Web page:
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NITAAI-Veda.nyf > Compiled and Imp Scriptures > Shrimad Bhagavatam > Canto-10 > Part-5 > Satrajit murdered, the jewel returned (The killing of Satrajit and Shatadhanva)



Satrajit murdered, the jewel returned.

(The killing of Satrajit and Shatadhanva).



     After Akrura had visited Hastinapura, the Pandavas were taken to a house made of shellac, which then burnt down. Everyone thought that the Pandavas and their mother, Kunti, had perished. When Krishna and Balarama received the news, They immediately departed for Hastinapura, to fulfill Their family obligations, although They very well knew that the Pandavas were unharmed.

Krishna and Balarama visited Bhishma, Kripa, Vidura, Gandhari and Drona. While showing sorrow equal that of the residents of Hastinapura, Krishna and Balarama cried out, “How painful this is!”  They also met those who were not at all bereaved, because of being involved in the assassination attempt.

     Taking advantage of the situation (that Krishna and Balarama were away from Dvaraka), Akrura and Kritavarma went to Shatadhanva and said, “Why not go and take the Shyamantaka jewel? Satrajit had promised his beautiful daughter to you but then gave her to Krishna. For this reason, why should not Satrajit follow his brother’s path?”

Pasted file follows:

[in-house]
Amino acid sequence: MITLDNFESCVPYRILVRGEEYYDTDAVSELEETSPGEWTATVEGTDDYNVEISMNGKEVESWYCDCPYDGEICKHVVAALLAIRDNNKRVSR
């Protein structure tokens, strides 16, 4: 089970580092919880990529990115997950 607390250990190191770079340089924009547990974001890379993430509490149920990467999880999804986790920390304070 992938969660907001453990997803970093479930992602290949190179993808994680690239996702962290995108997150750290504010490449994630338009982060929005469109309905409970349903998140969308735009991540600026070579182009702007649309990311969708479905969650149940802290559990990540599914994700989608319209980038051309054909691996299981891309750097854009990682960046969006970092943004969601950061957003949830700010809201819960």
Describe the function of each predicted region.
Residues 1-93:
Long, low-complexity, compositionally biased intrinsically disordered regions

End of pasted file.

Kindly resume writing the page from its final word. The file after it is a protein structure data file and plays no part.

In this way, a conspiracy was hatched. Both Akrura and Kritavarma were exalted devotees, so why did they join in such a plot? Shrila Jiva Gosvami says that Akrura was a victim of the great anger that was directed against him, due to taking Krishna away from Vrindavana. Kritavarma had associated with Kansa, because both were members of the Bhoja dynasty, and that undesirable association was now taking effect. Shrila Vishvanatha Chakravarti says that Akrura and Kritavarma were against Satrajit because he had spread false rumors about Krishna.

     Coming under the influence of such advice, Shatadhanva one night entered Satrajit’s home and mercilessly killed him in his sleep. Then, he took the Shyamantaka jewel and left, while the palace women, headed by Satyabhama, screamed and cried hysterically.

Satyabhama put her father’s corpse in a large vat of oil to preserve it, and then went to Hastinapura to see her husband. When Satyabhama sorrowfully informed Krishna of her father’s murder, He and Balarama exclaimed, “Oh! This is a great tragedy!” Although They already knew about what had happened, They imitated the ways of human society by lamenting, Their eyes filled with tears.